This ability to cooperate online is even disrupting sectors that were once the sole domain of governments.

For example, consider how the Bitcoin network is a collaborative, global, internet-based project that has created a legitimate digital asset now being bought by premier financial institutions. 

We now have a “collaborative commons” of hundreds of millions of people, all creating value with their cognitive surplus. 


We live in a hyperconnected world of 4.5 billion people online, soon growing to more than 7 billion.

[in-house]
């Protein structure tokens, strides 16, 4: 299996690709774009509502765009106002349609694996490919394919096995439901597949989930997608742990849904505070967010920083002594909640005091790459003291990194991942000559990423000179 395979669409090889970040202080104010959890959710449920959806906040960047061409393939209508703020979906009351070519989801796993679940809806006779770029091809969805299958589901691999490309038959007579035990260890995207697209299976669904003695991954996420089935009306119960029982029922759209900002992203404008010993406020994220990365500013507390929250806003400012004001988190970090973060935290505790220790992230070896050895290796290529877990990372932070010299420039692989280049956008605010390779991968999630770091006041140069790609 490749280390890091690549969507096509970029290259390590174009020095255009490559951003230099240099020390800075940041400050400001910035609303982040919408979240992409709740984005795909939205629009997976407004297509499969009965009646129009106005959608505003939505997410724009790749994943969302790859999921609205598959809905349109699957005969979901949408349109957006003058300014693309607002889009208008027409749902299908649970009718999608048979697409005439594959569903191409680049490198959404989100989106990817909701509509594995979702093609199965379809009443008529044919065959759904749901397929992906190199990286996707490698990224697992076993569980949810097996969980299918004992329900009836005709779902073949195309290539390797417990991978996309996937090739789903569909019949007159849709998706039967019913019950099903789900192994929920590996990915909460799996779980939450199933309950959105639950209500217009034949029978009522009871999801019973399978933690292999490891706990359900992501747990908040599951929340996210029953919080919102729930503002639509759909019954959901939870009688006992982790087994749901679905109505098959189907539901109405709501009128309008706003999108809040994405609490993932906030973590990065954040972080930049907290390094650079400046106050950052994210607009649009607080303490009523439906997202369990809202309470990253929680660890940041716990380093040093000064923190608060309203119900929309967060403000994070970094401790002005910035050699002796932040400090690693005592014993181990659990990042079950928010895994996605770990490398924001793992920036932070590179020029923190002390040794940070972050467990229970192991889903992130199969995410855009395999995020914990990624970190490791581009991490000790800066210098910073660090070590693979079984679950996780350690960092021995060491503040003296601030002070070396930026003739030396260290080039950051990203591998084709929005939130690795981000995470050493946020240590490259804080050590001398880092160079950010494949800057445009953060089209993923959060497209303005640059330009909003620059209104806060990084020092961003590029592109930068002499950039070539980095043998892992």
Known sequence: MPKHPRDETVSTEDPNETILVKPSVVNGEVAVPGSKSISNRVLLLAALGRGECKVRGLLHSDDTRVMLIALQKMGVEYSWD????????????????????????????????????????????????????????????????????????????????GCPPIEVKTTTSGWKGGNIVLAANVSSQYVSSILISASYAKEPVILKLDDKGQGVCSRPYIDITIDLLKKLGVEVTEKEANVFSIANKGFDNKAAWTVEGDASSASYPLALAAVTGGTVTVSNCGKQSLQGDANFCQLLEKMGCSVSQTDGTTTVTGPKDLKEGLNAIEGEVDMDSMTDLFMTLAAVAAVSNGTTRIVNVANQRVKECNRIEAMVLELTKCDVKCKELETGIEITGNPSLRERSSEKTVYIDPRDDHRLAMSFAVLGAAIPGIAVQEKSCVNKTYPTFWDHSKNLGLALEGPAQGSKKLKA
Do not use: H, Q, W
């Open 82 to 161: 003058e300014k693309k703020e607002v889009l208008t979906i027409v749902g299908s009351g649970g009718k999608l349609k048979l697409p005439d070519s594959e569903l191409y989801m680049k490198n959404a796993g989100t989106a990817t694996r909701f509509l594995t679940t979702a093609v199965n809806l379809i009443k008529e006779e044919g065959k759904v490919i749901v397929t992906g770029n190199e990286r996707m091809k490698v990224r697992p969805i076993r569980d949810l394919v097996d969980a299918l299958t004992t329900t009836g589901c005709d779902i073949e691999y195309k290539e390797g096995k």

Around the world, cognitive surplus can help you build your products, services, and drive innovation—regardless of your company’s size. 

In this environment, ideas can come from everywhere.  

And tapping into the power of the crowd is the best way for you to succeed fast.

Your job is to allow the crowd to help you innovate and build on each other’s ideas.


Want more insights and tools to help you not only survive but thrive during this era of exponential change?

Then consider joining my year-round Abundance360 Mastermind and Executive program and participate in our A360 Summit April 20-22, 2022.

My mission is to help A360 members obtain mastery in four specific mindsets: an Abundance Mindset; an Exponential Mindset; a Longevity Mindset; and a Moonshot Mindset. Together we will actively select and reinforce your preferred Mindsets.

To learn more and apply to A360, visit abundance360.com.

Peter H. Diamandis

Written by Peter H. Diamandis